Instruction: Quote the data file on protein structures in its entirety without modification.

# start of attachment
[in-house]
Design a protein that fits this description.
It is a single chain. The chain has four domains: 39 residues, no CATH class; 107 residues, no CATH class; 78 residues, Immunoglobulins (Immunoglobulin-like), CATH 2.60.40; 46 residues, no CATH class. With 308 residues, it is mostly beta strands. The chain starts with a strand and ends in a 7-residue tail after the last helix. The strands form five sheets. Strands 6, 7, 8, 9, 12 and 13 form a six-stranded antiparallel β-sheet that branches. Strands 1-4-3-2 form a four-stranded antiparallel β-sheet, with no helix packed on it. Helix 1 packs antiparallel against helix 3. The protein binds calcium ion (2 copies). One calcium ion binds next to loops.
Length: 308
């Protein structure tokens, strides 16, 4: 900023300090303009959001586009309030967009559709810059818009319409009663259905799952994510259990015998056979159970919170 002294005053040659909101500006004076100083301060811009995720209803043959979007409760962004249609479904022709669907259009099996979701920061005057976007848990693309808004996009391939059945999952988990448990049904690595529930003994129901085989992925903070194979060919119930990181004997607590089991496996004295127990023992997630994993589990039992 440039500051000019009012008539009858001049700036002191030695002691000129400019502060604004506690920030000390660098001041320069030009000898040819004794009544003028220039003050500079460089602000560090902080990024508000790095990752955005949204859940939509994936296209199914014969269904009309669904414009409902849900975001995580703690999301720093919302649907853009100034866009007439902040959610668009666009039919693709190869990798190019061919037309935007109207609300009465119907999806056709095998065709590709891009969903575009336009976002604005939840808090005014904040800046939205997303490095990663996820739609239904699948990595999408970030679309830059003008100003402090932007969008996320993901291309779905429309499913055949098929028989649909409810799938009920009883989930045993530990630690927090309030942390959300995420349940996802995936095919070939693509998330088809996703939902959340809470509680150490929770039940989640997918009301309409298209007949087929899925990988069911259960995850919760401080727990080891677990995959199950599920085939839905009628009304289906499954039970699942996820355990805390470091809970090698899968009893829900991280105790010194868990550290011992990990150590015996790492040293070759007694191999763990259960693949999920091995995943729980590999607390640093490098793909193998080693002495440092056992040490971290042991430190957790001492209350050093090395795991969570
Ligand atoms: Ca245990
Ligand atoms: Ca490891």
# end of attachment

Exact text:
[in-house]
Design a protein that fits this description.
It is a single chain. The chain has four domains: 39 residues, no CATH class; 107 residues, no CATH class; 78 residues, Immunoglobulins (Immunoglobulin-like), CATH 2.60.40; 46 residues, no CATH class. With 308 residues, it is mostly beta strands. The chain starts with a strand and ends in a 7-residue tail after the last helix. The strands form five sheets. Strands 6, 7, 8, 9, 12 and 13 form a six-stranded antiparallel β-sheet that branches. Strands 1-4-3-2 form a four-stranded antiparallel β-sheet, with no helix packed on it. Helix 1 packs antiparallel against helix 3. The protein binds calcium ion (2 copies). One calcium ion binds next to loops.
Length: 308
């Protein structure tokens, strides 16, 4: 900023300090303009959001586009309030967009559709810059818009319409009663259905799952994510259990015998056979159970919170 002294005053040659909101500006004076100083301060811009995720209803043959979007409760962004249609479904022709669907259009099996979701920061005057976007848990693309808004996009391939059945999952988990448990049904690595529930003994129901085989992925903070194979060919119930990181004997607590089991496996004295127990023992997630994993589990039992 440039500051000019009012008539009858001049700036002191030695002691000129400019502060604004506690920030000390660098001041320069030009000898040819004794009544003028220039003050500079460089602000560090902080990024508000790095990752955005949204859940939509994936296209199914014969269904009309669904414009409902849900975001995580703690999301720093919302649907853009100034866009007439902040959610668009666009039919693709190869990798190019061919037309935007109207609300009465119907999806056709095998065709590709891009969903575009336009976002604005939840808090005014904040800046939205997303490095990663996820739609239904699948990595999408970030679309830059003008100003402090932007969008996320993901291309779905429309499913055949098929028989649909409810799938009920009883989930045993530990630690927090309030942390959300995420349940996802995936095919070939693509998330088809996703939902959340809470509680150490929770039940989640997918009301309409298209007949087929899925990988069911259960995850919760401080727990080891677990995959199950599920085939839905009628009304289906499954039970699942996820355990805390470091809970090698899968009893829900991280105790010194868990550290011992990990150590015996790492040293070759007694191999763990259960693949999920091995995943729980590999607390640093490098793909193998080693002495440092056992040490971290042991430190957790001492209350050093090395795991969570
Ligand atoms: Ca245990
Ligand atoms: Ca490891």